As the crypto industry has evolved, bitcoin’s share of the market has waned, with other digital currencies like ethereum playing a much larger role. This is something analysts expect to continue into next year, as investors increasingly look to smaller pockets of crypto in the hope of big gains.
“As retail investors begin to realize the dangers of trading bitcoin, especially on unregulated venues, they will switch to … other coins belonging to blockchains which actually serve an essential and fundamental role in decentralized finance,” she said.
“This time next year I predict that bitcoin’s market cap will be half the combined cap of smart contract coins” like ethereum and solana, Alexander added, “or even less.”
Emerging crypto developments such as decentralized finance and decentralized autonomous organizations are “likely to be the highest growth areas of crypto,” said Bryan Gross, network steward at crypto platform ICHI. DeFi aims to recreate traditional financial products without middlemen, while DAOs can be thought of as a new type of internet community.
Total money deposited into DeFi services surpassed $200 billion for the first time this year, and experts project demand to grow further in 2022.
DeFi is part of a broader trend in tech known as Web3. The Web3 movement calls for a new, decentralized iteration of the internet encompassing blockchain and cryptocurrency technologies such as nonfungible tokens. It has already found skeptics in the likes of Elon Musk and Jack Dorsey, however.
Regulators flexed their muscles on cryptocurrencies this year, with China completely banning all crypto-related activities and U.S. authorities cracking down on certain aspects of the market. Analysts widely expect regulation to be a key issue in 2022 for the sector.
“2022 will be a big year on the regulatory front, no doubt,” Luno’s Ayyar said. “The interest from various governments, and especially the U.S., to bring regulation into the crypto space has not been higher.”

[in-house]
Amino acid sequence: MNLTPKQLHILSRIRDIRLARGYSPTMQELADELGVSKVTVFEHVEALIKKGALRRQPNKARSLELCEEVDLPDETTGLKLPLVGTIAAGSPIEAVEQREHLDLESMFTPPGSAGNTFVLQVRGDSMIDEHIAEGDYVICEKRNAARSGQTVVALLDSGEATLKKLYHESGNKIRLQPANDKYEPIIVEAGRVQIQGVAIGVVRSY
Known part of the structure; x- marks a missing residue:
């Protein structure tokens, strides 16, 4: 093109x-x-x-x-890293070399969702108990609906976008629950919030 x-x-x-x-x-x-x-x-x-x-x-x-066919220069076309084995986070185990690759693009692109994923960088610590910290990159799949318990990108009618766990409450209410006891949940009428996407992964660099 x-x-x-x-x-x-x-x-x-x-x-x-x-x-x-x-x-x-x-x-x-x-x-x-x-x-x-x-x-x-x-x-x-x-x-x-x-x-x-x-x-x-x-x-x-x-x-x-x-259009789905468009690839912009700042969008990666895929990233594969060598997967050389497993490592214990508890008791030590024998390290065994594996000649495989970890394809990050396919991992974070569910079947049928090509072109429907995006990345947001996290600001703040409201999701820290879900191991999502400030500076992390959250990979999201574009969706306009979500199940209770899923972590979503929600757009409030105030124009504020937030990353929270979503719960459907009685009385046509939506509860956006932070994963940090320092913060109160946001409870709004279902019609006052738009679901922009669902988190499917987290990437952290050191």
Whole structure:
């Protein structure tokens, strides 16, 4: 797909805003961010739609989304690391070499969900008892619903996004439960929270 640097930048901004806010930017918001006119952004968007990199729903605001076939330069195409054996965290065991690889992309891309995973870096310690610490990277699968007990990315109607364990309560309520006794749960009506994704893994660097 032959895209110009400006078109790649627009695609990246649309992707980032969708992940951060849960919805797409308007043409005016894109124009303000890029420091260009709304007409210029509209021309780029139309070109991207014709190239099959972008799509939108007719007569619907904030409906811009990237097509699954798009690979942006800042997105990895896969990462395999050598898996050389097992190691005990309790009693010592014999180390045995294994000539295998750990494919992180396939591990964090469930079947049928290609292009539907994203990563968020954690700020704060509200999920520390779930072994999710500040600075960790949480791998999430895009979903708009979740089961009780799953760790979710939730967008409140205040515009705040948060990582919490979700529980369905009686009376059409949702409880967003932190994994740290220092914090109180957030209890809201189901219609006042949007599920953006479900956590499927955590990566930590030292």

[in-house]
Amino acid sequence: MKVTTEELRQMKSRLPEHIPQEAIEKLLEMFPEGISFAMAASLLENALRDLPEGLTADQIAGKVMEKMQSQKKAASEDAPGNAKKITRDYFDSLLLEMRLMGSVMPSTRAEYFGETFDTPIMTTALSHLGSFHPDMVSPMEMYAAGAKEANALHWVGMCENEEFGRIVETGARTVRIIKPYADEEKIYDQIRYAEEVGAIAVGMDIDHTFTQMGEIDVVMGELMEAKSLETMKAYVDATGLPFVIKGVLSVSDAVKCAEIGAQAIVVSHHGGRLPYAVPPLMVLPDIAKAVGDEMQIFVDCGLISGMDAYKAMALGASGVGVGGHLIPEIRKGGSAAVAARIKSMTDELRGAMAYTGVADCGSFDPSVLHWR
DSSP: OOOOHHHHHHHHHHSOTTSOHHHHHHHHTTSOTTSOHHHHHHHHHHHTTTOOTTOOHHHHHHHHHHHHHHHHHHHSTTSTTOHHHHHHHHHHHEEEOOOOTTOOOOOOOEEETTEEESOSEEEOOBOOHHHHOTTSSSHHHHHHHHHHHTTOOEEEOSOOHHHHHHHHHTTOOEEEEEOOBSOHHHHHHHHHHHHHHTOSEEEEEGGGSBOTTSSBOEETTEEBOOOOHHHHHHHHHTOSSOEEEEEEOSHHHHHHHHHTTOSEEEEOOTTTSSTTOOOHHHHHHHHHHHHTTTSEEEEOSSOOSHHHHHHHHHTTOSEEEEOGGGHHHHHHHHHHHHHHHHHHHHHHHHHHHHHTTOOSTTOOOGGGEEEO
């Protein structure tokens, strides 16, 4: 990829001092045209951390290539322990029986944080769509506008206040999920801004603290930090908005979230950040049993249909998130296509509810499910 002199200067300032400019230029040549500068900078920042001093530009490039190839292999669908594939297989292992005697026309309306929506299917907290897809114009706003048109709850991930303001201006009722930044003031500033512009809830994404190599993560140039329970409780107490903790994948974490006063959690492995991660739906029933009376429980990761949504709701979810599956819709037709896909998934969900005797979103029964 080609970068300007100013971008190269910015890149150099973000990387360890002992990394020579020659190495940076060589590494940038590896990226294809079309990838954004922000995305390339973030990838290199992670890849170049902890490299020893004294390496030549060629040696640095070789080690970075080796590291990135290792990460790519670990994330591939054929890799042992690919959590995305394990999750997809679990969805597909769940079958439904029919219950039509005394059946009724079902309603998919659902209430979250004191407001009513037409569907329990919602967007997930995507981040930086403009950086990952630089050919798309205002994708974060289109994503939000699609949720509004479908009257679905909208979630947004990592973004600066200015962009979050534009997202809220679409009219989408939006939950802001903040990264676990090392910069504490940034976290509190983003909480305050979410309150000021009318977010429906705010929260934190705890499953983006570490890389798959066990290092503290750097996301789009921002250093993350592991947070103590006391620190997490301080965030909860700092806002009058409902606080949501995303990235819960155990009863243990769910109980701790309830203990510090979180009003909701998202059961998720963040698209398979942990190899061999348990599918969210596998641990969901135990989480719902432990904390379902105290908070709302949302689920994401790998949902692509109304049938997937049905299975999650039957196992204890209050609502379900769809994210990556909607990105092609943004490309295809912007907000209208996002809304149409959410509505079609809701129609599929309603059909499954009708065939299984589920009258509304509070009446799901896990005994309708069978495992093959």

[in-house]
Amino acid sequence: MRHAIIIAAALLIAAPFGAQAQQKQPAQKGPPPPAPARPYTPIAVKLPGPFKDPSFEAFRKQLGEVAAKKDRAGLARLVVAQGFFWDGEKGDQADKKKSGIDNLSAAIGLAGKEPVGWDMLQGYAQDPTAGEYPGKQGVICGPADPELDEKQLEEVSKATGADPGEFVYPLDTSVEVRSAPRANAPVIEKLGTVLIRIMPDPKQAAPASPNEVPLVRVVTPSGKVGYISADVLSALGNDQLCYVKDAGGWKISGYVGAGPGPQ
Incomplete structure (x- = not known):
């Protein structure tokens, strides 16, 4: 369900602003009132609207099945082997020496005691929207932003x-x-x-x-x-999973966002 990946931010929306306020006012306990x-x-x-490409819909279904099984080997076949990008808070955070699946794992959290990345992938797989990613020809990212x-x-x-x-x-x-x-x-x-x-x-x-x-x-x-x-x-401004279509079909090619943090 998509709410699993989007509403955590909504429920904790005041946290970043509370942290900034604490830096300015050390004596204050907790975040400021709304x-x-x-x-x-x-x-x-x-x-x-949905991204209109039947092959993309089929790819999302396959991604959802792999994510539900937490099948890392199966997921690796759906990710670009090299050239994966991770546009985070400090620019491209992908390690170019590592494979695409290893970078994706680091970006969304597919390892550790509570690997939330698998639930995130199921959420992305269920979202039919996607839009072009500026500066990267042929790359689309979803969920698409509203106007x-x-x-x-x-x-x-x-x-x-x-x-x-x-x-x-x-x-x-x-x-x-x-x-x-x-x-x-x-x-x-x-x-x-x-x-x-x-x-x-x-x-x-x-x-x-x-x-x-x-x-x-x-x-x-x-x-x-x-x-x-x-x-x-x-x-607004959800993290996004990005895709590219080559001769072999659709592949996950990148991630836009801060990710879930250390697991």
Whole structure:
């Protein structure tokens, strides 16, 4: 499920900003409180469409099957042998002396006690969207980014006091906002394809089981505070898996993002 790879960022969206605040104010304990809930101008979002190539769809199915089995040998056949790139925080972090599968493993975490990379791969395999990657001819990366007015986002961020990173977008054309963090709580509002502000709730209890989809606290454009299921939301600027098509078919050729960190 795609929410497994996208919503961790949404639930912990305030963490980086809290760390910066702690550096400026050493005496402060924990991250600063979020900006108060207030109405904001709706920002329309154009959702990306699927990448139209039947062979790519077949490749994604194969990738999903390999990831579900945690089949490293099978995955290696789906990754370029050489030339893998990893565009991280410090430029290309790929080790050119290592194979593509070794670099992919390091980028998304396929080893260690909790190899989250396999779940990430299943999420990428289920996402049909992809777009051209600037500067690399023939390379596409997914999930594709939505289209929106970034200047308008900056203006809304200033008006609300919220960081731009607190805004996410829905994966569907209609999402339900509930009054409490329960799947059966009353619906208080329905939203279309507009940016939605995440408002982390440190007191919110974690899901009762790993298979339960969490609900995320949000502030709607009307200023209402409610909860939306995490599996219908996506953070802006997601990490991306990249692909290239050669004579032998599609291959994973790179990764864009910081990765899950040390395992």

Ayyar said he expects to see some clarification on the legal “gray zone” of cryptocurrencies other than bitcoin and ethereum, which the SEC has said are not securities.
Blockchain company Ripple is locking horns with the U.S. watchdog over XRP, a cryptocurrency it is closely associated with. The SEC alleges XRP is an unregistered security and that $1.3 billion worth of the tokens were illegally sold by Ripple and two of its executives. For its part, Ripple says XRP should not be considered a security.
Experts say another key area regulators will likely focus on next year is stablecoins. These are tokens whose value is tied to the price of existing assets like the U.S. dollar. Tether, the world’s biggest stablecoin, is particularly controversial as there are concerns about whether it holds enough assets in its reserves to justify its peg to the dollar.
“Undoubtedly more scrutiny is forthcoming around stable coins as regulators look under the hood on the soundness of the underlying collateral and amount of leverage deployed,” said Lowenstein.
“People remember all too well when the collateral behind the housing and mortgage crises became suspect and risk appetites repriced aggressively.”
Meanwhile, regulators have also begun scrutinizing the DeFi space. Earlier this month, central bank umbrella group the Bank for International Settlements called for the regulation of DeFi, saying it’s worried about services marketing themselves as “decentralized” when that may not be the case.